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Unforgettable St Joseph Atoll

By Ornella Weideli, 13th May 2015

It is time for us, the atoll refugees, to go home! Our eight weeks at St Joseph Atoll in the Seychelles have passed so quickly, but we have all learnt so much and experienced so many once-in-a-lifetime moments. We think it fitting for our last blog to leave you with some of our highlights.

The highlight for me was how spoilt I felt every day, living and working in this environment. Kayaking through the turquoise waters of the atoll as we captured or tracked sharks while surrounded by the lagoon’s wildlife meant that no two moments were ever the same. Storm clouds, sunsets and sunrises, moons, seabirds, rays, turtles, fishes, sharks, crabs and insects – they all make for such a dynamic environment that we were forever discovering new sights and creatures. And that’s just the work part! In our time off we captured sea turtles and watched them nest at the joyous hour of 3 am, made ridiculous attempts to surf, chilled out under the sea with mantas to the soundtrack of dolphin clicks… And to top it off I did it all with a great team of people who made me crack up laughing every day.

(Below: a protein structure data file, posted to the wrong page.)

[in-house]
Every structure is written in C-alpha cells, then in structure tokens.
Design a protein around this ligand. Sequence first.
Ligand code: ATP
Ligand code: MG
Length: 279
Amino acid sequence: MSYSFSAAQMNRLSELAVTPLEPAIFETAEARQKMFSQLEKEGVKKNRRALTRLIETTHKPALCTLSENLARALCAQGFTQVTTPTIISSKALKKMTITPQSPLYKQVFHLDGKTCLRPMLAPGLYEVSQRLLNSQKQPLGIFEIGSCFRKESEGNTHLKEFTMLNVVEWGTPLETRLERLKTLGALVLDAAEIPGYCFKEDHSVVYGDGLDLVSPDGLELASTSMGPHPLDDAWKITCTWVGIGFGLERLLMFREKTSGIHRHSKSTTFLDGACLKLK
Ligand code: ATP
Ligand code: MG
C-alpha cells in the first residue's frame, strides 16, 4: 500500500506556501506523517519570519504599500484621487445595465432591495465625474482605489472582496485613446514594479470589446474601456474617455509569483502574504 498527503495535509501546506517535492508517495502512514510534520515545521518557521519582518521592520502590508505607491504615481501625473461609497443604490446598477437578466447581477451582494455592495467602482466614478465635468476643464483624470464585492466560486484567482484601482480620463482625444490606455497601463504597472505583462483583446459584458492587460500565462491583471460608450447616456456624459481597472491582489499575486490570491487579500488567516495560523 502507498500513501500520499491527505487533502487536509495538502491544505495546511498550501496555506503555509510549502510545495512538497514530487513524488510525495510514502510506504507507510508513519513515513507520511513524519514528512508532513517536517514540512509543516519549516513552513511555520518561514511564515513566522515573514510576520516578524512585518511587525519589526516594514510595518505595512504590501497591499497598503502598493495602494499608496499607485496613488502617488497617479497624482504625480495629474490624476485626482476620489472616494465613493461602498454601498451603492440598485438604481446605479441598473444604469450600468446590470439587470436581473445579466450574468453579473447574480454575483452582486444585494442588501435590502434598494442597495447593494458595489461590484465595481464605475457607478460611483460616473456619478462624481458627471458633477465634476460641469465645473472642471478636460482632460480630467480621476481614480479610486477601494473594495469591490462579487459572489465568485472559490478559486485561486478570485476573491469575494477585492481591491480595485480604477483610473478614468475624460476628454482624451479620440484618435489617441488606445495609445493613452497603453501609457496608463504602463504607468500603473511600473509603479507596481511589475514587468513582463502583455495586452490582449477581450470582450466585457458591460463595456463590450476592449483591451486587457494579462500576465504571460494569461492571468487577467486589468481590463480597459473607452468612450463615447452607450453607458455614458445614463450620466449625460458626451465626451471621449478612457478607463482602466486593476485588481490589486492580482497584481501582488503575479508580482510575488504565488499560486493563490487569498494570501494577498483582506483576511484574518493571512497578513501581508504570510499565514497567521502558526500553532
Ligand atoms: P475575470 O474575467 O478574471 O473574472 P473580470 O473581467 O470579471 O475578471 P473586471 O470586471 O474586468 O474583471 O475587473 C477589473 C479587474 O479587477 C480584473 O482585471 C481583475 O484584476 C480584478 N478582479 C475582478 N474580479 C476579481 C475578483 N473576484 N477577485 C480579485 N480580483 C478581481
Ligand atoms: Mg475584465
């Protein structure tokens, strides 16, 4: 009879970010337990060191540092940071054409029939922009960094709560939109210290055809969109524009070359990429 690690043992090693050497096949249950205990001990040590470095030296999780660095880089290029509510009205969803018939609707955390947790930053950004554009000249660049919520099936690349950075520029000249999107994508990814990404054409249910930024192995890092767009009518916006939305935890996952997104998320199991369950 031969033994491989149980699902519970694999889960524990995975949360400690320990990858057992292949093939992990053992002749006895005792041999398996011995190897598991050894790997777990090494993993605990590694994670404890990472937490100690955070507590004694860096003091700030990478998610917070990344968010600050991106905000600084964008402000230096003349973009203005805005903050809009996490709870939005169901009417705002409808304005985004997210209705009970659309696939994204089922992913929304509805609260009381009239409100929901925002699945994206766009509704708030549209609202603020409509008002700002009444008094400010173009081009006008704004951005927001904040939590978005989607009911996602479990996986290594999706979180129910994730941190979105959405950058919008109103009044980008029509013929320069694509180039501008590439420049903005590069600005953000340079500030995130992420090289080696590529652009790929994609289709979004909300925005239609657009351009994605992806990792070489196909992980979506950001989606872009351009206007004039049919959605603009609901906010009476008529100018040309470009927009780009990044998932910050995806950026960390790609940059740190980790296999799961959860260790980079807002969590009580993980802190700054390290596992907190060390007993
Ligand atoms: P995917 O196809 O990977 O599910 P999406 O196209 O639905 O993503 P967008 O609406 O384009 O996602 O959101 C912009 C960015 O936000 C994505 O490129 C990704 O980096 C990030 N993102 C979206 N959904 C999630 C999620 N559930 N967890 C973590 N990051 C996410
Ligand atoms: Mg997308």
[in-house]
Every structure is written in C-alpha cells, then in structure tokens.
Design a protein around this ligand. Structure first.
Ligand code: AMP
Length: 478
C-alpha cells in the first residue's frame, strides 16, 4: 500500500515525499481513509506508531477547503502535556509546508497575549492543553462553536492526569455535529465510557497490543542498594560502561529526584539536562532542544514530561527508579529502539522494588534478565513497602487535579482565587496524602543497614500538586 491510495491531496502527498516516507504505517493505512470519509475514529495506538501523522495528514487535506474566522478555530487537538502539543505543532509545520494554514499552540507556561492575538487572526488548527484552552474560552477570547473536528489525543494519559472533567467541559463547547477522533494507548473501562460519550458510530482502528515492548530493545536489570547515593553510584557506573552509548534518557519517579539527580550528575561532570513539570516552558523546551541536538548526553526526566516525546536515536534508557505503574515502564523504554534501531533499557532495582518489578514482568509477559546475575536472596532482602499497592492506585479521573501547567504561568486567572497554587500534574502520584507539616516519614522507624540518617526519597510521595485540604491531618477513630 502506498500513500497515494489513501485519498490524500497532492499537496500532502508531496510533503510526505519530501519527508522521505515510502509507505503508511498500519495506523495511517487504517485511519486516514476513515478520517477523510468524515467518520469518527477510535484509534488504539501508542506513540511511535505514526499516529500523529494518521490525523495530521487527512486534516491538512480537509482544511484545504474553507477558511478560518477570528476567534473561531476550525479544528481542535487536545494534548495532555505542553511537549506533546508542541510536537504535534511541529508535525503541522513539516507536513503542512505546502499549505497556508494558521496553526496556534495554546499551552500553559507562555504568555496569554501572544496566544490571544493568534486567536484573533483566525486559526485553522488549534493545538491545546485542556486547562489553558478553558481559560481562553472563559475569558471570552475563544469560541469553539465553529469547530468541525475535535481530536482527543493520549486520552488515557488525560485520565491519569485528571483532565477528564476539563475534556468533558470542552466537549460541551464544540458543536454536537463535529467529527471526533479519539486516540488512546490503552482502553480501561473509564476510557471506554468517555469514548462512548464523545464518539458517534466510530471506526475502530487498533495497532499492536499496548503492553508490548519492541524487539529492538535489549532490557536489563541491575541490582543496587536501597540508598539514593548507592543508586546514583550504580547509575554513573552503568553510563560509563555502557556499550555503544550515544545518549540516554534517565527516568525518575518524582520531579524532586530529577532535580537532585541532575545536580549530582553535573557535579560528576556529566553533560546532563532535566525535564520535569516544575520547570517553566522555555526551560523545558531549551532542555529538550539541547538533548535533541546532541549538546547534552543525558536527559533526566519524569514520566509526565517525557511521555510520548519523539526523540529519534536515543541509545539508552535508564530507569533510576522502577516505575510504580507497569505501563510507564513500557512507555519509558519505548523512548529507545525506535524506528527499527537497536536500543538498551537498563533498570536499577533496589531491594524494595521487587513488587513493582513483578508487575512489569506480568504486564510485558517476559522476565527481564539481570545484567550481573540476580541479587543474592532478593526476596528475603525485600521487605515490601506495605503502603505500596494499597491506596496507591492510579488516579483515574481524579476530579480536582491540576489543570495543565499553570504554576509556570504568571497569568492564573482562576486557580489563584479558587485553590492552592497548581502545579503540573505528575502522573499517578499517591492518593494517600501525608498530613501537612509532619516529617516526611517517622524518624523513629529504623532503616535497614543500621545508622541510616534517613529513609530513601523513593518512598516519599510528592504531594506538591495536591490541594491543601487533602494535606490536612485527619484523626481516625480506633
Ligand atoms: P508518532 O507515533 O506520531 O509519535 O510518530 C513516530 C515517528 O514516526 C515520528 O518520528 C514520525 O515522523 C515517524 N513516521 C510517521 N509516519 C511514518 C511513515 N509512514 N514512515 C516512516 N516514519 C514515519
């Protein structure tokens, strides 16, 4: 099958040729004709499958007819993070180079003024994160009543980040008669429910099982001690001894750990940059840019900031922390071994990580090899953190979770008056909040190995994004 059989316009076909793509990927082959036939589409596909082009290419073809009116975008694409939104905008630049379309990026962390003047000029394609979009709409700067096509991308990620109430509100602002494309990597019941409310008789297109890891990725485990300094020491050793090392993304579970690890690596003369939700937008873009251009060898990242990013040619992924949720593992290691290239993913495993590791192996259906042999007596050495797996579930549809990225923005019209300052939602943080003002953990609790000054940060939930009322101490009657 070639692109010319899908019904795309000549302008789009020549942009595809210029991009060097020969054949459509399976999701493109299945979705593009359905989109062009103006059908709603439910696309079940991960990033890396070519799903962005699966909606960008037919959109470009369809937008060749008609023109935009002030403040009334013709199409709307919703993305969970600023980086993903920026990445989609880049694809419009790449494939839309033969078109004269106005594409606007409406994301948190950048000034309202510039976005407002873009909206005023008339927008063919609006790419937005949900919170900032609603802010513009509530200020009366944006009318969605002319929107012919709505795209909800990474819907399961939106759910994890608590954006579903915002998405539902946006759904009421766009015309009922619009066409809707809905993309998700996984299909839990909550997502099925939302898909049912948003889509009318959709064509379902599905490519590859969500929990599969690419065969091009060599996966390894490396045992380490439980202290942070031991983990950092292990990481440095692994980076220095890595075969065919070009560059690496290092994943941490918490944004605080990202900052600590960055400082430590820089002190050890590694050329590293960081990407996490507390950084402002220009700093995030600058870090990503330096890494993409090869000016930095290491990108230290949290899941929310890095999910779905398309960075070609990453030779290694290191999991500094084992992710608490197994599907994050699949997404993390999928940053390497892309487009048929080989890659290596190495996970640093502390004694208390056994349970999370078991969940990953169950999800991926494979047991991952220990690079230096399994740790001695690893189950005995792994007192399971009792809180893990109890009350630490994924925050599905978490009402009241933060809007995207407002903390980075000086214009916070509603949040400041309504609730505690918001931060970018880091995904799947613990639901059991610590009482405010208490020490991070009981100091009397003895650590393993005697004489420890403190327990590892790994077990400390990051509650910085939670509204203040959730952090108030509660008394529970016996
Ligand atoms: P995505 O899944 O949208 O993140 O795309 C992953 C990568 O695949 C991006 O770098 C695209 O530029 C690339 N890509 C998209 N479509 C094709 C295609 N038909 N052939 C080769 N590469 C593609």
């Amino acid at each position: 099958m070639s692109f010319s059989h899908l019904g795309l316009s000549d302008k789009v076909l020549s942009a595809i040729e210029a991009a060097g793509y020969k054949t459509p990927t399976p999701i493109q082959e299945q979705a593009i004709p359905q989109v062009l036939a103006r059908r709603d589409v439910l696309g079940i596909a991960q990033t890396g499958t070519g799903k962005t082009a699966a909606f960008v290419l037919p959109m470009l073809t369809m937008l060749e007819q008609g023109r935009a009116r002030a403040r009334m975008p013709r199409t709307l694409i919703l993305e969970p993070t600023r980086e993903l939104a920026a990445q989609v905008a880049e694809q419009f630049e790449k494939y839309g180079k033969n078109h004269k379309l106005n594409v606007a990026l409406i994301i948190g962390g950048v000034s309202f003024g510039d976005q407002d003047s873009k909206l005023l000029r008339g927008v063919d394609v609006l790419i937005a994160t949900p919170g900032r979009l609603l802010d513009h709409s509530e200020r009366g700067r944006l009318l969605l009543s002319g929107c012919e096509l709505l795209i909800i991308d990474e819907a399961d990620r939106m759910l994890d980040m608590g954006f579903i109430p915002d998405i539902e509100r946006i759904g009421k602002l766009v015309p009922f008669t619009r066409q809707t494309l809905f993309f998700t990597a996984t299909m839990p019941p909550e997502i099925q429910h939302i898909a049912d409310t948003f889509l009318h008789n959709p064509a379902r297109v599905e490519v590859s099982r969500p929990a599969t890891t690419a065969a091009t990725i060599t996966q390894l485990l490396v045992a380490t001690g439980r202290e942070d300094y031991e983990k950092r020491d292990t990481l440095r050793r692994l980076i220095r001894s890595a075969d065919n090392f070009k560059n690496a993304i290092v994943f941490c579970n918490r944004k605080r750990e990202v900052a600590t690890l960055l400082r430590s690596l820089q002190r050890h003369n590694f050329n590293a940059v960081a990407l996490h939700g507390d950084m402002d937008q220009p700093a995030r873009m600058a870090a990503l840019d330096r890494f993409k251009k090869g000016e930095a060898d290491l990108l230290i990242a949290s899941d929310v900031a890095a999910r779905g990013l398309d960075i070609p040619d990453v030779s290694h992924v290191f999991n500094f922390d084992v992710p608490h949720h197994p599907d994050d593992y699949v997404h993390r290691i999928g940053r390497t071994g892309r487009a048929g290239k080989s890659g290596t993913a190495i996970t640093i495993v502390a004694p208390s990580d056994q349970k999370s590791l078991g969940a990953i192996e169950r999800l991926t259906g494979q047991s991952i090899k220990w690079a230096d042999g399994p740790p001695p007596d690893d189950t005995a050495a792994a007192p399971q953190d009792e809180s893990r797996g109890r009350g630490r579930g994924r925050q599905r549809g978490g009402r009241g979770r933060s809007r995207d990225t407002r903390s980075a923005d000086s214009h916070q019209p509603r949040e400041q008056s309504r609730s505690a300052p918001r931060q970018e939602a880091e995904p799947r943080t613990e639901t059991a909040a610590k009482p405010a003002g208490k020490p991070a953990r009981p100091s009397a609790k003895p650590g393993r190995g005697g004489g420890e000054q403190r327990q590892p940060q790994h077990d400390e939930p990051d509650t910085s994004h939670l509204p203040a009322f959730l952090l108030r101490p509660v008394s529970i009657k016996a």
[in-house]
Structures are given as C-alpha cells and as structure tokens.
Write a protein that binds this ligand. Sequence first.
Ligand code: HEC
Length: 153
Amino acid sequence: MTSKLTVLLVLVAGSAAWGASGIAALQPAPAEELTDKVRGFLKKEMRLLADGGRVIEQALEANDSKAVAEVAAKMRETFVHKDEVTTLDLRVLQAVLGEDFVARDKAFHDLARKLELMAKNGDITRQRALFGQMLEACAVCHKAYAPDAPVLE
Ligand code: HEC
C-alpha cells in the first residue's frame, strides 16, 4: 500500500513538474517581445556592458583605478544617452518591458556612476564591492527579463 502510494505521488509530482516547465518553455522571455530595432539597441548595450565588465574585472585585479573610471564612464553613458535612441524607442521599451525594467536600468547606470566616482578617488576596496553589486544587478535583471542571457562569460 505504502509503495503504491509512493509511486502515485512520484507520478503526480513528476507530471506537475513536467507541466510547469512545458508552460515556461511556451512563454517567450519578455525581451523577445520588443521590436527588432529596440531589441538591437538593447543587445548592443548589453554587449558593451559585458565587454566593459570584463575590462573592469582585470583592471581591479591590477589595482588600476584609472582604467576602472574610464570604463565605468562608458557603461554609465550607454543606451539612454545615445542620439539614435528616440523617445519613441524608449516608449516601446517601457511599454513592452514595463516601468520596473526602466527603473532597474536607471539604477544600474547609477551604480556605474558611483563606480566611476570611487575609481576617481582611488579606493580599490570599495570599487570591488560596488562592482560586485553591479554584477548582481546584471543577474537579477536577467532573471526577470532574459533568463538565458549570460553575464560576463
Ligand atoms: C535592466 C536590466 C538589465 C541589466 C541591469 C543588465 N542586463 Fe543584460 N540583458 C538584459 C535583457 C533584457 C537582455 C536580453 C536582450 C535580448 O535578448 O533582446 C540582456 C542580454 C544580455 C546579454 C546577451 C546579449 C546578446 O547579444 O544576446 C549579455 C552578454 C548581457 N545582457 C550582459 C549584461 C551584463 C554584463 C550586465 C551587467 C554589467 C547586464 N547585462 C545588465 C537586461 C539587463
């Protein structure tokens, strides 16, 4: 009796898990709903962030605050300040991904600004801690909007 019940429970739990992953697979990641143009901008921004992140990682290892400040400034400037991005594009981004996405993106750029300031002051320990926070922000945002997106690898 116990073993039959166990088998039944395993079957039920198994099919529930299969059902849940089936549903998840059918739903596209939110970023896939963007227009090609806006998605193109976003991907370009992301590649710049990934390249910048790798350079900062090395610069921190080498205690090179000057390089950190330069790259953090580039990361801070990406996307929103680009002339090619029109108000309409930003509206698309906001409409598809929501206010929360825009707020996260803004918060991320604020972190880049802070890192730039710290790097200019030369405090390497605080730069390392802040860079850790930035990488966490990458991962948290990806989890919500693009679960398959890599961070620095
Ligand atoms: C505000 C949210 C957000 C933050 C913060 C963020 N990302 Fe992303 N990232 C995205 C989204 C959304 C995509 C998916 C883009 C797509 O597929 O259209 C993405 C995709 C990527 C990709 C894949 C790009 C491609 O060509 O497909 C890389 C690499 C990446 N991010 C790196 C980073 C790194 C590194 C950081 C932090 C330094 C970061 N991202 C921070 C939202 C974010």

Photo by Ornella Weideli | © Save Our Seas Foundation

Photo by Ornella Weideli | © Save Our Seas Foundation

For me, the highlight of these past eight weeks was my first encounter with a shark. The challenge of first unravelling the shark from our net and then transferring it to the hand-held dip net was exhilarating and got the heart pumping. The sheer power of the shark, despite its small size, is surprising. The thrill I got from that is something I am definitely going to miss. After these two amazing months working with sharks every day, I began to understand their behaviour better and develop a special bond with these beautiful animals.


 Photo by Ornella Weideli | © Save Our Seas Foundation

Photo by Ornella Weideli | © Save Our Seas Foundation

The highlight for me would have to be continually working among so many large adult sharks. I thoroughly enjoyed every second of our work with the juveniles, but having grown up as a massive fan of the film Jaws (and subsequently some slightly less mainstream shark movies, such as Sharknado), I was as excited as a child every time we saw a big dorsal fin rise above the surface. It was a sight I honestly thought I’d never be lucky enough to see. A particular moment that will forever stand out was when a hunting adult sicklefin lemon shark, travelling at some serious speed in the shallows, only veered away from our exposed legs at the last second, merely a metre away!

We would particularly like to thank Ornella for giving us this amazing opportunity and sharing her passion and knowledge about sharks with us. We are looking forward to following the development of her project – but seriously doubt she will ever find a team as awesome as us!

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